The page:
Note: Sorry for the wait, everyone! I’ve been posting status updates on Tumblr in order to decrease clutter here. Long story short, I went to E3 2015 and got eaten by my internship. Now let’s get things back on track!
Square-Enix was not doing well during the PS3’s mid-life cycle. The ambitious mythos of Final Fantasy Fabula Nova Crystallis announced during the early years—when PS3 and Xbox 360 were truly the next generation—began to crumble almost immediately after the release of Final Fantasy XIII. Final Fantasy Agito became Type-0, and then didn’t arrive on PSP for NA and EU at all. XIII ended up with two sequels and an overall mixed reception. Final Fantasy Versus XIII became Final Fantasy XV, changed directors and stories, and has yet to be released to this day.
Final Fantasy XIV 1.0 released in 2010, before the delayed development cycle was well on its way. It was the second Final Fantasy MMORPG of the series and underwent several different shifts before it officially launched for the PS3 and Windows (a 360-friendly version was rumored but never came to light). The world was large, the animations were fairly fluid, and it became immediately criticized for being buggy and in nowhere near out of beta. Staff changes were implemented by then-president Yoichi Wada almost immediately, and Naoki Yoshida was hired onto the team as the game’s main director and producer in December 2010. XIV 1.0 chugged along for another two years, with the PS3 release continually delayed from its original March 2011 date.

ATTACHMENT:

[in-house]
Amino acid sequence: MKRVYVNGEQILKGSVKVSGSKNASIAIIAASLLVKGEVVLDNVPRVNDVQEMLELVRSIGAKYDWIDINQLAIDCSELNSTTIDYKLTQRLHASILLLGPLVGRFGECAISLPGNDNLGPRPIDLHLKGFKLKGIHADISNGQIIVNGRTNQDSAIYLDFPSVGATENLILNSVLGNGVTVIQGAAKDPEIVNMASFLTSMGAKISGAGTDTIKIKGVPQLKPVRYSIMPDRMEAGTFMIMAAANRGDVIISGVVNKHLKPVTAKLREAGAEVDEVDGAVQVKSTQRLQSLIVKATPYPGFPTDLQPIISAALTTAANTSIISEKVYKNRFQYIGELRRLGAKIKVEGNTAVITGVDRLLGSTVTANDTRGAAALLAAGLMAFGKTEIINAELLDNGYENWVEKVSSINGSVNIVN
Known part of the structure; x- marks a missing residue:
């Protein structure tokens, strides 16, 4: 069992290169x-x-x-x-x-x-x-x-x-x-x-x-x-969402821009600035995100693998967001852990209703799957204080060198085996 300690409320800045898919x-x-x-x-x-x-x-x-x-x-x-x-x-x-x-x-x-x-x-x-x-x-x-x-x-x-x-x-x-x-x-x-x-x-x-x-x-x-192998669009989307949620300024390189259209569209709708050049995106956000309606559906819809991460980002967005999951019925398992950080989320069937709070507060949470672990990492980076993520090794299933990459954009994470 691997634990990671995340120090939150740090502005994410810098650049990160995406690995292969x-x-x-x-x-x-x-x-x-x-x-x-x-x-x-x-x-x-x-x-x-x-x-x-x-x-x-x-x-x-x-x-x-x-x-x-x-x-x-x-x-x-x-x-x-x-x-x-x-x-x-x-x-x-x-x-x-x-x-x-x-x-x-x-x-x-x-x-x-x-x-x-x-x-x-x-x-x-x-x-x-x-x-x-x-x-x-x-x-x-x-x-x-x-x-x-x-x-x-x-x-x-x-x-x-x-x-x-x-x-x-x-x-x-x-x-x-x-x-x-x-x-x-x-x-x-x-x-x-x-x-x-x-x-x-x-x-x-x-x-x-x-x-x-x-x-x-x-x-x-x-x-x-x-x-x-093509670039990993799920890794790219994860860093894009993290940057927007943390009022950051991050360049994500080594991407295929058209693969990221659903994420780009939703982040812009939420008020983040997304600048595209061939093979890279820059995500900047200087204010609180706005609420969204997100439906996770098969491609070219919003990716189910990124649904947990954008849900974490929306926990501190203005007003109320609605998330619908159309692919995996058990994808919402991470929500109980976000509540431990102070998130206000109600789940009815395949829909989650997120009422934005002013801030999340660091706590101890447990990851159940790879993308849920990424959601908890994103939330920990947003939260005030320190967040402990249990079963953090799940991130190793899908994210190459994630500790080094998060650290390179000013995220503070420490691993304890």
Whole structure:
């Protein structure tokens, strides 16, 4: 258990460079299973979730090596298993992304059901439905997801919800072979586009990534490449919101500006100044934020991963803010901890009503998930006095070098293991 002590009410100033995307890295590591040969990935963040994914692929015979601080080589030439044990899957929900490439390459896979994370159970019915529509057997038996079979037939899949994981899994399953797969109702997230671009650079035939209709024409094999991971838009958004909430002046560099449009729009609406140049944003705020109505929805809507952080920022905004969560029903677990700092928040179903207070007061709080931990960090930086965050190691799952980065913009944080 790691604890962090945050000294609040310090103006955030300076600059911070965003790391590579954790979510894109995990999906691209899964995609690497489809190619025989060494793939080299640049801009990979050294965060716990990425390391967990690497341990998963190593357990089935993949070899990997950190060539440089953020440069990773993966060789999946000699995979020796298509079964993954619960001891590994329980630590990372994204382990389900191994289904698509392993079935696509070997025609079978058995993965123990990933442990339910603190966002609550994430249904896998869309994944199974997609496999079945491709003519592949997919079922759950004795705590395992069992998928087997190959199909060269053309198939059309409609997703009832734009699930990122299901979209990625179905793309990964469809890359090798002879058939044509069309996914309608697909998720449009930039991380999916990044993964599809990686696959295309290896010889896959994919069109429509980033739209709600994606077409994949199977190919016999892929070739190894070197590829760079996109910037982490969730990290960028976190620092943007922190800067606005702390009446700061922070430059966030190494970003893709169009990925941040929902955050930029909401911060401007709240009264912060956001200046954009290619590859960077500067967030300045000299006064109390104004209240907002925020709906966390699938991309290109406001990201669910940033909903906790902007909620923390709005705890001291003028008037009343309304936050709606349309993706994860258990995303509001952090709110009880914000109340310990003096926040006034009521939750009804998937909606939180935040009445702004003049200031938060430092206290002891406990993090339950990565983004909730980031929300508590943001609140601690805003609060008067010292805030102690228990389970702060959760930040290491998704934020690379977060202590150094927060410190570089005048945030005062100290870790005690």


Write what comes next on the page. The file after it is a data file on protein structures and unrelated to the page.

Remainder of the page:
On October 14, 2011, Square-Enix announced it would be re-launching the game as Final Fantasy XIV 2.0. Yoshida began development changes and received community feedback during the remainder of 1.0, but most players weren’t even charged for their subscription. Free 30-day trials became indefinite, and billing for 1.0 didn’t start until January 6, 2012. The servers were shut down that November for preparations of the re-launch’s alpha test, but the damage at the time was immense. Bravely Default released a month prior in Japan, but foreign audiences wouldn’t see a localized release until December 2013. Kingdom Hearts was arguably the only franchise still bringing in consistent profit, although the multitude of titles across multiple consoles and the delay of Kingdom Hearts 3 (TBA) slowed any momentum the series had. The rise of other JRPG and various Western successes caught hold of the fans tired of waiting and reeled them away.
This could go on, but what mattered was that on November 11, 2012, the online world Square-Enix built ended, and they made sure it was televised.